Purpose: Regional anesthesia can be the technique of choice for selected ambulatory surgery procedures, but in spite of its benefits, it has an inherent failure rate even in experienced hands. We examine the efficacy and factors associated with failure of ambulatory regional anesthesia techniques.
Methods: This study included 9,342 blocks performed on 7,160 patients at the Duke University Ambulatory Surgery Center. Blocks were classified as interscalene, supraclavicular, axillary, lumbar plexus, femoral, sciatic, ankle, paravertebral, spinal, and other (frequency less than 100). A block was considered surgical if a single attempt at placing the block resulted in a complete sensory, motor, and sympathetic nerve block. Multiple logistic regression analyses were used to assess the risk-adjusted association between patient characteristics and block failure.
Results: Paravertebral blocks and those considered in the "other" category had significantly higher failure rates (P < 0.001), while spinal and lumbar plexus blocks had lower than average rates of failure (P < 0.001 and P = 0.03, respectively). In multiple logistic regression analyses excluding paravertebral blocks, body mass index (BMI) scores greater than 25 (P values: BMI 25-29: < 0.001; BMI 30-34: P < 0.001; BMI 35: P < 0.001) and ASA physical status IV (P < 0.001) were significantly associated with higher block failure rates.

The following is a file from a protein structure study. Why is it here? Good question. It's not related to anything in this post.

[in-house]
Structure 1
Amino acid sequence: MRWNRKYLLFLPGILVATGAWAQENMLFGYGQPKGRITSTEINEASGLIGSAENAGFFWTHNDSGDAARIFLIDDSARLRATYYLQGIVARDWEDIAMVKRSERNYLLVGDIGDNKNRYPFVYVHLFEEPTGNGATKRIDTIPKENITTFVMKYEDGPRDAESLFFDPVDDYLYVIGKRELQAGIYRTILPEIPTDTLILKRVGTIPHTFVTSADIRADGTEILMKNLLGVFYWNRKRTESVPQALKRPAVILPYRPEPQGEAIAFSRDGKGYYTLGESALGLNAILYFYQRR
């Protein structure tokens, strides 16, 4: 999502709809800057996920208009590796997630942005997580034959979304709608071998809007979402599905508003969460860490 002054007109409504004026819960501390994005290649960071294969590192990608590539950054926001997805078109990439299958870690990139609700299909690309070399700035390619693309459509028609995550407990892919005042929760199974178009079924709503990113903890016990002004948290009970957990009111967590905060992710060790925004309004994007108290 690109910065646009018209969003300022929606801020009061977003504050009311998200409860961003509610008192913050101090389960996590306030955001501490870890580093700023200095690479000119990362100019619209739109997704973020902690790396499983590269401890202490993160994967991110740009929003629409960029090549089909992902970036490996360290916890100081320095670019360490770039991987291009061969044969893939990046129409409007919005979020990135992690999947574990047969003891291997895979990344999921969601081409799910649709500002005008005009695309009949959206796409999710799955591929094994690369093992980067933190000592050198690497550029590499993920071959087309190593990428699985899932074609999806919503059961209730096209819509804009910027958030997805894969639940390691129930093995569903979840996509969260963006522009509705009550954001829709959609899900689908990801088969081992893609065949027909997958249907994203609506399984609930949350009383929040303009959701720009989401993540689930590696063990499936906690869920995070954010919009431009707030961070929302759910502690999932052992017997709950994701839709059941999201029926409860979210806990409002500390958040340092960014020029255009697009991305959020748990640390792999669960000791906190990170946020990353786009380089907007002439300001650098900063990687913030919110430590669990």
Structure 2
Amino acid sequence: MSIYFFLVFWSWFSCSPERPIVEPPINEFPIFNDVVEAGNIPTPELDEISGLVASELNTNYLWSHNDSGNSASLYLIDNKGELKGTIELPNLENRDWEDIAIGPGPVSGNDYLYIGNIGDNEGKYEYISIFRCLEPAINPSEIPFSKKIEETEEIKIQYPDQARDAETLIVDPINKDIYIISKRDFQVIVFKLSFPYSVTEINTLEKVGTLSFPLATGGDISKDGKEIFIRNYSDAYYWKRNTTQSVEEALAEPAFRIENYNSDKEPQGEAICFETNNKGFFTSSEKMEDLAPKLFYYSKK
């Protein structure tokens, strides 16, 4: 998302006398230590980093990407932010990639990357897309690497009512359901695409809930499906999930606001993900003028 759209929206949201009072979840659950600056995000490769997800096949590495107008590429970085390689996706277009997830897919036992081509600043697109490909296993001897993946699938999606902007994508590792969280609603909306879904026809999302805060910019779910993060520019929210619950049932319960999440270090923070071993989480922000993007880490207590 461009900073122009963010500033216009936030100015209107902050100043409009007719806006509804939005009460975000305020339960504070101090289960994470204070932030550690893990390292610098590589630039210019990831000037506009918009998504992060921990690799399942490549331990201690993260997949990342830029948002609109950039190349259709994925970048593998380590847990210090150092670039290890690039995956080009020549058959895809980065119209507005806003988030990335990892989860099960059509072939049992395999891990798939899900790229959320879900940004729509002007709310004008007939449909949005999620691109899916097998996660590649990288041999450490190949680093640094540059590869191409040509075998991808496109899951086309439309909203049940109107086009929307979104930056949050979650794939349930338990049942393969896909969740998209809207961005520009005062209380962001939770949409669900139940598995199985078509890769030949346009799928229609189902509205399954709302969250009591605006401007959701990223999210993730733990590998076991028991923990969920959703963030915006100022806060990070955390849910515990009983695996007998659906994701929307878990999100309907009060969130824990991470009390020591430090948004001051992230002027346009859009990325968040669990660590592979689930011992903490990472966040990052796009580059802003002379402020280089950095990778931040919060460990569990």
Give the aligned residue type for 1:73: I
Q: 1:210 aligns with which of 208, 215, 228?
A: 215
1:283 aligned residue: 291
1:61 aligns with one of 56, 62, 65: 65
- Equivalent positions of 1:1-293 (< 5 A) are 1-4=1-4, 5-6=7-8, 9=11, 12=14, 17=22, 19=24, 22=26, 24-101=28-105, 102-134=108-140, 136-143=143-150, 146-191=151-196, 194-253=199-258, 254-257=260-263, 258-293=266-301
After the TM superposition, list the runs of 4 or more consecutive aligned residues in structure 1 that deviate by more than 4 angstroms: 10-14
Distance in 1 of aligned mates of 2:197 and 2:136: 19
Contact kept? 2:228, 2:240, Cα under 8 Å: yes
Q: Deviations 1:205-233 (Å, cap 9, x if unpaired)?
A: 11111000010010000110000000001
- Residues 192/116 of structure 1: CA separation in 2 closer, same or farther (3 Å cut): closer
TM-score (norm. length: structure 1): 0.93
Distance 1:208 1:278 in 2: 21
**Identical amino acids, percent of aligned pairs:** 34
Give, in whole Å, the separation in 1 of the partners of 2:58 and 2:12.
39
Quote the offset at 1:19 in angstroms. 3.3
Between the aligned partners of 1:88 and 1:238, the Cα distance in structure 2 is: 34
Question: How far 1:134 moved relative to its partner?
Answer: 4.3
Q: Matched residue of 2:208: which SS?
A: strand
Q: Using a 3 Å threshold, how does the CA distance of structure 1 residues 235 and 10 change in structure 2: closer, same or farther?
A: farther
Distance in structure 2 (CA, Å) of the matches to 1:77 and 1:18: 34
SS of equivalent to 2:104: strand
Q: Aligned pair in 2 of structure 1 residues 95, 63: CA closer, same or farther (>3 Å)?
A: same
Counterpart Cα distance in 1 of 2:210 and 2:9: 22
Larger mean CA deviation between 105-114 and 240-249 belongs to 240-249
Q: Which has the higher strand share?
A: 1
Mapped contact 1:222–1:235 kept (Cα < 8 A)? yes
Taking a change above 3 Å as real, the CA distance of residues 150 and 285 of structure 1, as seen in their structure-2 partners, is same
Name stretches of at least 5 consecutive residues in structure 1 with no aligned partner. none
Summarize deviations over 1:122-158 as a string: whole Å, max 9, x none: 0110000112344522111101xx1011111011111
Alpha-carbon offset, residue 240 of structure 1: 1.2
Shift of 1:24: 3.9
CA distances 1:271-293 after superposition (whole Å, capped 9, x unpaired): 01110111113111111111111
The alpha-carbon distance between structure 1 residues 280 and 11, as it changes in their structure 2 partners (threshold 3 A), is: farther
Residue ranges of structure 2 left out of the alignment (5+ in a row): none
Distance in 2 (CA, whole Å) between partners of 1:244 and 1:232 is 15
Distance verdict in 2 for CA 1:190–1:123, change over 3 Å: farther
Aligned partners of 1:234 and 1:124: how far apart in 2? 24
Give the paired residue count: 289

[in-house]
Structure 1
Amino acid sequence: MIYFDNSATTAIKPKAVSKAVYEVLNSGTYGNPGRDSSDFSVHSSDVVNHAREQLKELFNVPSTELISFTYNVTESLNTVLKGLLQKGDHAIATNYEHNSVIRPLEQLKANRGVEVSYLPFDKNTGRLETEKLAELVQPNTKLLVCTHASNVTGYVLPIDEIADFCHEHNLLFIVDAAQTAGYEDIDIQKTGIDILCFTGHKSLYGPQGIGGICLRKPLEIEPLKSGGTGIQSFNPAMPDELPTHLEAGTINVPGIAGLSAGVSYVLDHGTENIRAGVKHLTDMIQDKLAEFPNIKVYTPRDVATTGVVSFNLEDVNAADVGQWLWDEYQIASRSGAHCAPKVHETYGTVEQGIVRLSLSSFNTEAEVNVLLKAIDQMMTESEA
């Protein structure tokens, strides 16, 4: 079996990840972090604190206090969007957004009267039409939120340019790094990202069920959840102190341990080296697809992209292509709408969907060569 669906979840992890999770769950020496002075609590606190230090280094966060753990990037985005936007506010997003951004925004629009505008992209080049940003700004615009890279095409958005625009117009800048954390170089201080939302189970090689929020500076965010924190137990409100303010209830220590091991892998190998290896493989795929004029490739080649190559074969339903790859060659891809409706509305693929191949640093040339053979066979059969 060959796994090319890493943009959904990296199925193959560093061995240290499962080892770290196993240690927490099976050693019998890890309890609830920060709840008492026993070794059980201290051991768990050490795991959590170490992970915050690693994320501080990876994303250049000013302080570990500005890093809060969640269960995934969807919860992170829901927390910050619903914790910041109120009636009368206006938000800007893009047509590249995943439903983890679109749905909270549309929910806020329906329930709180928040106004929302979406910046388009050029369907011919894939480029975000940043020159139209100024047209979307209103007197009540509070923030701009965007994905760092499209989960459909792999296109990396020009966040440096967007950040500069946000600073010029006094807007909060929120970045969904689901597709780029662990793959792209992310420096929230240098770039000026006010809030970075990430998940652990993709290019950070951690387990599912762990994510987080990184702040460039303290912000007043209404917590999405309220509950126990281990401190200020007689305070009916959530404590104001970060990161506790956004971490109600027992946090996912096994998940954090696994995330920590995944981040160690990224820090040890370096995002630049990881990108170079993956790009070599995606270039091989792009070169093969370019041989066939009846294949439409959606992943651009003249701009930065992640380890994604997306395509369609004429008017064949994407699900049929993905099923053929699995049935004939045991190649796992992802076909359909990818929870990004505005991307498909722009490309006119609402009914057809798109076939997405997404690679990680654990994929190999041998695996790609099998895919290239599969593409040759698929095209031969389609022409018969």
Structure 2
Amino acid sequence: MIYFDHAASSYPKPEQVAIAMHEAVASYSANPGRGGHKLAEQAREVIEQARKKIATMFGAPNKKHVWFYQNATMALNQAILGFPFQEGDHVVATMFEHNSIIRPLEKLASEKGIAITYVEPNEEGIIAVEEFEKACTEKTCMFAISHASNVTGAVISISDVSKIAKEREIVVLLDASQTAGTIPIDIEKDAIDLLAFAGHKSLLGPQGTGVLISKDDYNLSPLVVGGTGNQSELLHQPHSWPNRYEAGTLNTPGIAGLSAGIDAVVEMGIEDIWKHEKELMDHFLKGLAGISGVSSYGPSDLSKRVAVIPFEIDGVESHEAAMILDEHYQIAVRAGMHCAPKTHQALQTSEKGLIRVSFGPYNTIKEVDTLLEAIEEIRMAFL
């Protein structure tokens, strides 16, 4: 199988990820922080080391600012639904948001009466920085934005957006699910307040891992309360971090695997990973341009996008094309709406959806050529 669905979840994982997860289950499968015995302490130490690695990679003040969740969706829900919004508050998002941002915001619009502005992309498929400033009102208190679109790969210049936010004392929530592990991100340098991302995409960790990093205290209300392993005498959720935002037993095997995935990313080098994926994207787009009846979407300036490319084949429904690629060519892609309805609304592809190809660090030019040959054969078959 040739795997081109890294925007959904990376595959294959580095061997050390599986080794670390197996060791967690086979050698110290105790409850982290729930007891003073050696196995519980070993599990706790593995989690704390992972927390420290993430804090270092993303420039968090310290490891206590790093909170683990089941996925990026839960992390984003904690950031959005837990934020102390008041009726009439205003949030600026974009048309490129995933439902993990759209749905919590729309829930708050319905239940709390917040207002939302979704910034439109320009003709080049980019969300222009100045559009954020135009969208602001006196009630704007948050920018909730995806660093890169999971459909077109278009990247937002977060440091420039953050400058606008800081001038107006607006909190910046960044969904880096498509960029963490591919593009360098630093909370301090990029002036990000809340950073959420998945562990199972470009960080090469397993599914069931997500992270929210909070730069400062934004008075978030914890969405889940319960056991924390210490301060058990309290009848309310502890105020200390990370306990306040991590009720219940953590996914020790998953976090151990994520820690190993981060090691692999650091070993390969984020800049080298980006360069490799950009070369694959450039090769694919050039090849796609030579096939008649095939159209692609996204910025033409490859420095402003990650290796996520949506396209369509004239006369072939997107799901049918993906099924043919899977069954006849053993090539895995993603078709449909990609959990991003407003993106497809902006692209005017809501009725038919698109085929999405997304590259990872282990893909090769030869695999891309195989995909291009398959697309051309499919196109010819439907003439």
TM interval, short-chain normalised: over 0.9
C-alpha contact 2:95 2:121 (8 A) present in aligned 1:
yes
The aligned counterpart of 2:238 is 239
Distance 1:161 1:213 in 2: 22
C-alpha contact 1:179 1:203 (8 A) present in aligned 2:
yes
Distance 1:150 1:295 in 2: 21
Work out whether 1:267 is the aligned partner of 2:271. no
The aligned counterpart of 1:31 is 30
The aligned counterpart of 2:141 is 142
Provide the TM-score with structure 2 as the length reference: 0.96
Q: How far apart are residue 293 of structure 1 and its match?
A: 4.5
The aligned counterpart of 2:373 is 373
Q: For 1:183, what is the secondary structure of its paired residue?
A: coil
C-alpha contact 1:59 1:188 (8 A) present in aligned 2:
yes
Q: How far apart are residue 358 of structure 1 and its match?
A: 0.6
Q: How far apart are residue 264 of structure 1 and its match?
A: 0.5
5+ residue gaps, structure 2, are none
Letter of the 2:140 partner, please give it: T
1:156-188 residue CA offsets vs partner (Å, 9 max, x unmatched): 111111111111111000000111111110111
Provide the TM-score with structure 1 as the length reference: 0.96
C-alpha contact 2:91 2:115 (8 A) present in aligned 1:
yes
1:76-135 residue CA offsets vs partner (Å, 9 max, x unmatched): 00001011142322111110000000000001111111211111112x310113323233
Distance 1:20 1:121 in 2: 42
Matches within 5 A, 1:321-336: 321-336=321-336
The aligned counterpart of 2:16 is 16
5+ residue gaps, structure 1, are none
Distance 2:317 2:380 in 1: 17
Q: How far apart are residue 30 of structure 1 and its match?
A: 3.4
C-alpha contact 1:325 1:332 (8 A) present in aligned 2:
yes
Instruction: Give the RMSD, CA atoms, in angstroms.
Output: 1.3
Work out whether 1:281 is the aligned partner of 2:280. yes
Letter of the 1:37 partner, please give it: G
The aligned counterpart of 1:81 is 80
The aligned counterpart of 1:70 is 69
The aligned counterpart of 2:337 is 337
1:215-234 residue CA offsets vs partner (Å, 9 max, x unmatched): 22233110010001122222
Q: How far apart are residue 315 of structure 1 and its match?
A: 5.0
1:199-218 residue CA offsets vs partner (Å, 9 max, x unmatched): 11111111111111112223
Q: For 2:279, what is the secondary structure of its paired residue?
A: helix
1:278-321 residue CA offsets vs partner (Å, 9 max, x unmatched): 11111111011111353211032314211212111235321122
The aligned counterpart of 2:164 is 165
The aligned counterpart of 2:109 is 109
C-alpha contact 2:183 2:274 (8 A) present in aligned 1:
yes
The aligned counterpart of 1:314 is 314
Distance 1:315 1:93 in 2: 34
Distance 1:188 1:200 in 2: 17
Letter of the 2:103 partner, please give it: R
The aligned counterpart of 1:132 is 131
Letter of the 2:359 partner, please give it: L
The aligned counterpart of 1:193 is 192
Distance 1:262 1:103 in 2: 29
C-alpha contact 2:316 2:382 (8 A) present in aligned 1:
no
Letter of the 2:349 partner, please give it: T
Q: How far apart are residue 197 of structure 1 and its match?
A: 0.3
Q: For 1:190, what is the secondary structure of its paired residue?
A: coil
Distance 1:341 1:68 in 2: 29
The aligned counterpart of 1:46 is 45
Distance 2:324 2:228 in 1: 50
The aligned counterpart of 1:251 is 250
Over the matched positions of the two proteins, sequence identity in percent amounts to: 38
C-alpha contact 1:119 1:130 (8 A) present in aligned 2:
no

Conclusion: High BMI and ASA IV are independent risk factors for block failure in ambulatory surgery patients.